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Stevens v. Bryson

Court of Appeal of California, First District, Division Two
Dec 11, 1933
135 Cal.App. 684 (Cal. Ct. App. 1933)


Docket No. 9019.

December 11, 1933.

APPEAL from a judgment of the Superior Court of Los Angeles County. Ruben S. Schmidt, Judge. Affirmed.

The facts are stated in the opinion of the court.

E.L. Brady for Appellant.

Loyd Wright, Charles E. Millikan and S. Earl Wright for Respondent.

Plaintiff brought this action against the administrator of the estate of her deceased husband, seeking the cancellation of a deed. At the close of plaintiff's case defendant made a motion for nonsuit, which motion was granted and judgment was entered in favor of defendant. Plaintiff appeals from said judgment.

Plaintiff and deceased were married in 1923. In November, 1924, the parties entered into an arrangement whereby plaintiff conveyed to the deceased an undivided one-half interest in a piece of real property located in Los Angeles and the deceased conveyed to plaintiff an undivided one-half interest in a piece of real property located in Kings County. Thereafter these pieces of real property stood in the names of plaintiff and deceased as tenants in common. Deceased died in October, 1928, and defendant was appointed as administrator of the estate in November, 1928. This action to cancel the conveyance made by plaintiff to the deceased in 1924 was not commenced until June, 1931.

In her complaint plaintiff alleged in effect that deceased had obtained said conveyance by fraud, duress and undue influence. She further alleged, "That plaintiff first discovered the falsities and tricks and deceptions which the decedent played upon her in the matters and things above set out a short time after decedent's death in October, 1928." Defendant answered denying practically all of the material allegations of the complaint. Defendant further alleged that plaintiff's alleged cause of action was barred by laches and the statute of limitations. At the trial plaintiff testified that deceased forced her to sign the deed and further testified that she first learned of the falsity of certain alleged representations in October, 1928.

[1] We find no error in the trial court's ruling. Respondent urges several grounds in support thereof, but we deem it unnecessary to discuss all of them. Appellant's cause of action for cancellation of the deed was essentially one for rescission. Assuming without deciding that her allegations of discovery within three years prior to the commencement of the action were sufficient to prevent the running of the statute of limitations (see Consolidated Reservoir Power Co. v. Bowen, 216 Cal. 787 [ 16 P.2d 271]), we are nevertheless of the opinion that appellant was not entitled to prevail in this action for rescission. The right to rescind is governed by section 1691 of the Civil Code and said right is dependent upon prompt action upon discovery of the facts. ( Campbell v. Title Guarantee etc. Co., 121 Cal.App. 374 [ 9 P.2d 264].) If it be conceded for the purpose of this discussion that appellant might have rescinded or brought an action for that purpose provided she acted promptly after the death of her husband and the alleged discovery of the facts, she certainly may not be said to have acted promptly when she failed to take any action for two years and eight months thereafter. She neither pleaded nor proved any excuse whatever for the delay from October, 1928, to June, 1931, and this delay was fatal. ( Campbell v. Title Guarantee etc. Co., supra, and cases therein cited.)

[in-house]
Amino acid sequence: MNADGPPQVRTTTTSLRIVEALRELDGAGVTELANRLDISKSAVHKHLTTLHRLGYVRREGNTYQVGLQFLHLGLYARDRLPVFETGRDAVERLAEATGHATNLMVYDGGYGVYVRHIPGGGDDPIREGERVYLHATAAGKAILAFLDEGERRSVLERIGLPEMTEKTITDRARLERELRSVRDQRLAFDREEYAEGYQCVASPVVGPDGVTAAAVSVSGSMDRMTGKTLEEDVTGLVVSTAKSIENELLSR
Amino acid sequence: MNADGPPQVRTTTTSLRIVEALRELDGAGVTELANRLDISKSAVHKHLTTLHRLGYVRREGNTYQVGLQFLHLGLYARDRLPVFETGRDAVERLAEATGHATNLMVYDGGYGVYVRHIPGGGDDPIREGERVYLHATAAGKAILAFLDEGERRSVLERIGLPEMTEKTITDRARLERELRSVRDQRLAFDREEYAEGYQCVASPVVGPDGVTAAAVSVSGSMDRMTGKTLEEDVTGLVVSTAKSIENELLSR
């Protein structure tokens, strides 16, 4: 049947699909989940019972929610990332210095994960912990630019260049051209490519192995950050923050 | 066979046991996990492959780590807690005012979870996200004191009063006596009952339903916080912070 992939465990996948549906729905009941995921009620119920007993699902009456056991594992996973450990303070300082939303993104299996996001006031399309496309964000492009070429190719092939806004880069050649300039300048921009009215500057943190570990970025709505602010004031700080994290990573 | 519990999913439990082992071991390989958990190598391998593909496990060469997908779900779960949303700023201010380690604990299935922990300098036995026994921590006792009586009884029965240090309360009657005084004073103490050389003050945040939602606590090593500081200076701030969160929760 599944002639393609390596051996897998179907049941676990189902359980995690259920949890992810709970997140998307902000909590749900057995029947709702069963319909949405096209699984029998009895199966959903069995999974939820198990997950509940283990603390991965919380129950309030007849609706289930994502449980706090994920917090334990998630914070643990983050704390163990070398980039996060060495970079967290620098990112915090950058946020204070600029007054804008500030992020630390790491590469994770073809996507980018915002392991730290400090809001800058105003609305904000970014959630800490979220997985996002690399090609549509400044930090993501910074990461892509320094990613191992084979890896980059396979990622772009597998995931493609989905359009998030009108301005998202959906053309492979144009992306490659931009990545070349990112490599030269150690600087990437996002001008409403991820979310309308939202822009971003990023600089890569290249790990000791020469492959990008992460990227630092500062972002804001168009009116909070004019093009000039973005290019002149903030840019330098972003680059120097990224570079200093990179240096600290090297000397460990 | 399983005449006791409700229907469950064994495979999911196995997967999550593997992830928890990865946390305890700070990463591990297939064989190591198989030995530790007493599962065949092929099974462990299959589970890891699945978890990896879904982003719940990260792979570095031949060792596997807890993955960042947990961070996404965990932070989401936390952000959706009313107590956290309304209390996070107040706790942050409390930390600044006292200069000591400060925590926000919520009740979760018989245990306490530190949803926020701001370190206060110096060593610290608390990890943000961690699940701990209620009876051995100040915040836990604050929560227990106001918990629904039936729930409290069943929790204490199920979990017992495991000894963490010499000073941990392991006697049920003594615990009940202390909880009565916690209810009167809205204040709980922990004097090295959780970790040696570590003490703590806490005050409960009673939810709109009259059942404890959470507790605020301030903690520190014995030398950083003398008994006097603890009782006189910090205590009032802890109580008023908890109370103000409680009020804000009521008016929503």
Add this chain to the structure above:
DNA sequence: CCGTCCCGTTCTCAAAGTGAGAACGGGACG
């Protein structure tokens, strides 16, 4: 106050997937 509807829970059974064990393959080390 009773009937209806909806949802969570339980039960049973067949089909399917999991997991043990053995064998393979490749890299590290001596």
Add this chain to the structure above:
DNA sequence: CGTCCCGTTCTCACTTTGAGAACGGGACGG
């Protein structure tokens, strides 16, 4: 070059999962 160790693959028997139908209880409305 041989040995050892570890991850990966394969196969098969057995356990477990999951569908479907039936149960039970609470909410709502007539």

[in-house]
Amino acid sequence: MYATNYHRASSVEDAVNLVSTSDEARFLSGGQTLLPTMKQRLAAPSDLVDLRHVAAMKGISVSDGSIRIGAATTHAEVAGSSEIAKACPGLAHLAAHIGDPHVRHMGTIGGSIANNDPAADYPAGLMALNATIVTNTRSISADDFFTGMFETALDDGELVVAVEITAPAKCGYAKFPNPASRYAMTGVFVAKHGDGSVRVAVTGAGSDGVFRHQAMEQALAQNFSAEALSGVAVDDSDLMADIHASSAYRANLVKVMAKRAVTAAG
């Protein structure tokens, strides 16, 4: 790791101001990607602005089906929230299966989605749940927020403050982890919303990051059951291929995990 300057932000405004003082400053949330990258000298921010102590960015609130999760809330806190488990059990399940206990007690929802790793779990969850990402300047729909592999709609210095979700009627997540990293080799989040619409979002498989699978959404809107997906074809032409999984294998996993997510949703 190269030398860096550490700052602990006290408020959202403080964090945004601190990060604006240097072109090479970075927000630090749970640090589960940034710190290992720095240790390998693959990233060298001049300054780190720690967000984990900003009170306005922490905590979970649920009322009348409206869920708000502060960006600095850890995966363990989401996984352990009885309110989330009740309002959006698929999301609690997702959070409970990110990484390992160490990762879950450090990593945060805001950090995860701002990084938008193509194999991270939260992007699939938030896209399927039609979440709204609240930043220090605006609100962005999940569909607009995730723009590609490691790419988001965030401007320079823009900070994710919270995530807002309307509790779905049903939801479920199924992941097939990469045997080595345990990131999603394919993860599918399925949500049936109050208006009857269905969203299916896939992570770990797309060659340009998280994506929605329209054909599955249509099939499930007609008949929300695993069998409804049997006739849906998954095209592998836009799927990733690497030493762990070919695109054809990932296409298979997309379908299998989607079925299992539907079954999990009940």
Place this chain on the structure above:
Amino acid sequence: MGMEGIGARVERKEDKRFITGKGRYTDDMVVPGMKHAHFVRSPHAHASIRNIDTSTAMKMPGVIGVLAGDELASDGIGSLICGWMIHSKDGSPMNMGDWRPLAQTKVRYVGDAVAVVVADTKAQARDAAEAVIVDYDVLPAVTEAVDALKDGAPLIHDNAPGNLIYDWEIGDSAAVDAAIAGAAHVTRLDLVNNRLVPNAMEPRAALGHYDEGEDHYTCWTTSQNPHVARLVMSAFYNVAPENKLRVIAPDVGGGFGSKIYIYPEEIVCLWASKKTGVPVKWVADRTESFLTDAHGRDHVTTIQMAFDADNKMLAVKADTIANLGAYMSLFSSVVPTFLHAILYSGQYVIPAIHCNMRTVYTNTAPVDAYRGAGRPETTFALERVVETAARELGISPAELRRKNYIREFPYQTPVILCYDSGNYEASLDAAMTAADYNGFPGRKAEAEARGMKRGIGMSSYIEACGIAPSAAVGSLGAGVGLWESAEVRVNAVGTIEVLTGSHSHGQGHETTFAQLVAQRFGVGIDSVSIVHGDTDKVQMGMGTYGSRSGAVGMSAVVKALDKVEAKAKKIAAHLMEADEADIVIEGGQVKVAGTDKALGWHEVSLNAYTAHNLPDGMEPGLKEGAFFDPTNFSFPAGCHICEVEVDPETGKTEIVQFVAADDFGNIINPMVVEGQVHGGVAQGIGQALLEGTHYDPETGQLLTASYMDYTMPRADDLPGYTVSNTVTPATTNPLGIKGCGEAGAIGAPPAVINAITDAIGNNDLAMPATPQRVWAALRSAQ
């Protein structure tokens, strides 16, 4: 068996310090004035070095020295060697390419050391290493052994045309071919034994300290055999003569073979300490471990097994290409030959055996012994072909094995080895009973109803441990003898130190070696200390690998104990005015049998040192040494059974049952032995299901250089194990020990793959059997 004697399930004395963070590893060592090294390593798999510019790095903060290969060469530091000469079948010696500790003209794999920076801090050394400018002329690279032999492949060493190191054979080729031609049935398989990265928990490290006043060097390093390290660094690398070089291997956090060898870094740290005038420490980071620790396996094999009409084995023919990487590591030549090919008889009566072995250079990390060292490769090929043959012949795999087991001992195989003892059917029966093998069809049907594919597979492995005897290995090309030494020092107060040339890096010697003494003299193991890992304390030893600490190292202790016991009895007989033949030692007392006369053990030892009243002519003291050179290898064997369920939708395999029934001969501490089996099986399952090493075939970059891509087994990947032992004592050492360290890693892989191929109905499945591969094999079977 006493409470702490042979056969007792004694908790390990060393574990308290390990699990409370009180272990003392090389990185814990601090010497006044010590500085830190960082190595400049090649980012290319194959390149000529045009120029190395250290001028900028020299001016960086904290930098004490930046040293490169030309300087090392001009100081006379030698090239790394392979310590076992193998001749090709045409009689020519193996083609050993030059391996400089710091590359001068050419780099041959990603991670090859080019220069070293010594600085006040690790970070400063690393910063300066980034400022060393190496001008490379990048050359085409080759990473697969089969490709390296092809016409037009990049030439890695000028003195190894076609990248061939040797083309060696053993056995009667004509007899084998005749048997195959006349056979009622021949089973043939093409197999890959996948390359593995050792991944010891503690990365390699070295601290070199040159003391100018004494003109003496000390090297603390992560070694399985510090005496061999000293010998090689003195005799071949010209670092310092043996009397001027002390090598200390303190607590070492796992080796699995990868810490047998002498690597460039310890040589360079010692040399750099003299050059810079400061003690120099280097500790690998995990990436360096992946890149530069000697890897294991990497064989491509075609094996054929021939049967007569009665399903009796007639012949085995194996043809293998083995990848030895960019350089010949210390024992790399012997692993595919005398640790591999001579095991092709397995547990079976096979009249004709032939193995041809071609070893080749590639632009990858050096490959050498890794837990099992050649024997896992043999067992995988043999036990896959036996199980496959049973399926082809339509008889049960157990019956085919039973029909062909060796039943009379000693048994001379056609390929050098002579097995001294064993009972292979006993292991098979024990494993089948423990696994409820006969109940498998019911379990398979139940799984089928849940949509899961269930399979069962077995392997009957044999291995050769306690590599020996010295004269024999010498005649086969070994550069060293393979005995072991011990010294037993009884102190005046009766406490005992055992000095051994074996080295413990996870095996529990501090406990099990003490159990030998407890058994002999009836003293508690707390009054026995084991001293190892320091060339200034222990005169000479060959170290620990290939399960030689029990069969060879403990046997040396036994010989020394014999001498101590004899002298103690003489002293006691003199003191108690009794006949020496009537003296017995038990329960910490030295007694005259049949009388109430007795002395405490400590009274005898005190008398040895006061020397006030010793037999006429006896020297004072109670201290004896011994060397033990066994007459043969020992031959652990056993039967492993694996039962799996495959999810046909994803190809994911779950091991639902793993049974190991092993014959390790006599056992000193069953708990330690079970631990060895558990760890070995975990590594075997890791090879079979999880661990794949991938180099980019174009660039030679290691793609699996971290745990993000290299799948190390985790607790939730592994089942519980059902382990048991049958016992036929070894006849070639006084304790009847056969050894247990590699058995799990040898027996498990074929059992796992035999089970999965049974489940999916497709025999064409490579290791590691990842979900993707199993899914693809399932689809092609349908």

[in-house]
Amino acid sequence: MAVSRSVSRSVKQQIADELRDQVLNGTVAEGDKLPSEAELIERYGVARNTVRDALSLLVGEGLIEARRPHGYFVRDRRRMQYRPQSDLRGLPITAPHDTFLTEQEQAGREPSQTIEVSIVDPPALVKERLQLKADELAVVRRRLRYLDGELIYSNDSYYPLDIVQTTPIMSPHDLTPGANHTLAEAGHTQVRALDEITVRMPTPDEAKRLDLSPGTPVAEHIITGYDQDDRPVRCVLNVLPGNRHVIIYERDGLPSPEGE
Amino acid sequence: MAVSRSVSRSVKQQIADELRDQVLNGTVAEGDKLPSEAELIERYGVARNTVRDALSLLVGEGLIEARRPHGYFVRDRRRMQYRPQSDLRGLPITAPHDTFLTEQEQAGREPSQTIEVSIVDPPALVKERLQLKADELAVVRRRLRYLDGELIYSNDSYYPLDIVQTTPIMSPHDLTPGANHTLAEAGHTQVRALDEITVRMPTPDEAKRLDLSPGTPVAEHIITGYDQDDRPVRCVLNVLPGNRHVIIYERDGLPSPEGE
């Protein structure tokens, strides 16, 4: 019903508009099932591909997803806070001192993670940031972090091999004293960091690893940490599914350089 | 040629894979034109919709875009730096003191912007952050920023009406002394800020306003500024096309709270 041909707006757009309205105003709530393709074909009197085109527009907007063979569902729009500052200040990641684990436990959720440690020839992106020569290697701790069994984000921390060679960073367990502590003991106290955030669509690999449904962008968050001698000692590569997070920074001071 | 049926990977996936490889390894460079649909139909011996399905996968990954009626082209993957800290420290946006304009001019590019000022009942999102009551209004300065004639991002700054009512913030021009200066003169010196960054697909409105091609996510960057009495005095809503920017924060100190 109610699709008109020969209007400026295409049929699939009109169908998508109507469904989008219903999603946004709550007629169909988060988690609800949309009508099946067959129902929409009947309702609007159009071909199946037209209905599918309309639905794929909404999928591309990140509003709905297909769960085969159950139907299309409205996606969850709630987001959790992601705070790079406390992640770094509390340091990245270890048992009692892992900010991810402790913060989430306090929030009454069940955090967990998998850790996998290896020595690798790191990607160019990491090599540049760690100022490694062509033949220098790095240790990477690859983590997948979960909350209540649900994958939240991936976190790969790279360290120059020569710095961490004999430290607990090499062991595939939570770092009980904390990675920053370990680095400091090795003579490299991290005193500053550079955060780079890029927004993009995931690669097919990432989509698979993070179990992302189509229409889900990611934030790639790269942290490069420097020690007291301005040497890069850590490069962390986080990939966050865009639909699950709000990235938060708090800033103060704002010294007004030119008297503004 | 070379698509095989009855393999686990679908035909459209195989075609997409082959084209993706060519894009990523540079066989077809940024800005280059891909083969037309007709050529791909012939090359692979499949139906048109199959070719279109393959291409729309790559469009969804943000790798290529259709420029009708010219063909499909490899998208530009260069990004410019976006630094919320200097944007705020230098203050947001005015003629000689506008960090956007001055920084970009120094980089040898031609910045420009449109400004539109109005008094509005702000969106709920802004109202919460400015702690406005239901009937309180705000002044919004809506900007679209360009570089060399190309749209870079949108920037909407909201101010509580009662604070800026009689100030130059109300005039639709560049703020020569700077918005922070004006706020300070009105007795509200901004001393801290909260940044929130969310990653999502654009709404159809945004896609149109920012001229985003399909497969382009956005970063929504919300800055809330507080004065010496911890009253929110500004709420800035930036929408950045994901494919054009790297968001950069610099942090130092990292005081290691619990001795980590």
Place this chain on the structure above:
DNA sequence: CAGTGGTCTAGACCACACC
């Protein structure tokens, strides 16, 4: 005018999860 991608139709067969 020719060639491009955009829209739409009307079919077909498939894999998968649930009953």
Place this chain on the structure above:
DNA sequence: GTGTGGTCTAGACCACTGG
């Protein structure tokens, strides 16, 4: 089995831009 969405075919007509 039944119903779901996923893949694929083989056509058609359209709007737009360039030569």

[2] Appellant contends that "the defense of laches is not sufficient, no prejudice having been shown by the defendant". Authorities are cited by appellant showing the conditions under which laches may be urged as a defense barring the remedy in equitable actions generally. (See 10 Cal. Jur. 530 and cases cited.) While there is some general language in the decisions which apparently lends support to appellant's contention, we believe that the requirement of prejudice resulting from delay should be confined to those cases in which delay merely affects the remedy and not the right. In cases involving rescission, failure to act promptly affects the right. Section 1691 of the Civil Code requires prompt action regardless of the question whether prejudice may result from delay and a person seeking to avail himself of the provisions of that section must affirmatively show that he has acted promptly. The distinction between actions for rescission where delay affects the right and other actions where delay merely affects the remedy is clearly suggested in Victor Oil Co. v. Drum, 184 Cal. 226, at page 243 [ 193 P. 243], where the Supreme Court, in discussing the "defense of laches", said: "The distinction must also be borne in mind between such a case as the present and one where relief against fraud is sought by way of rescission. There the party defrauded, as a condition of his right to rescind, must act promptly upon discovering the facts which give him the right." (Italics ours.) We are therefore of the opinion that the question of whether prejudice resulted from the delay was immaterial in the case before us.

The judgment is affirmed.

Nourse, P.J., and Sturtevant, J., concurred.

Summaries of

Stevens v. Bryson

Court of Appeal of California, First District, Division Two
Dec 11, 1933
135 Cal.App. 684 (Cal. Ct. App. 1933)
Case details for

Stevens v. Bryson

Case Details

Full title:IDA STEVENS, Appellant, v. FRANK BRYSON, Public Administrator, etc.…

Court:Court of Appeal of California, First District, Division Two

Date published: Dec 11, 1933


135 Cal.App. 684 (Cal. Ct. App. 1933)
27 P.2d 932

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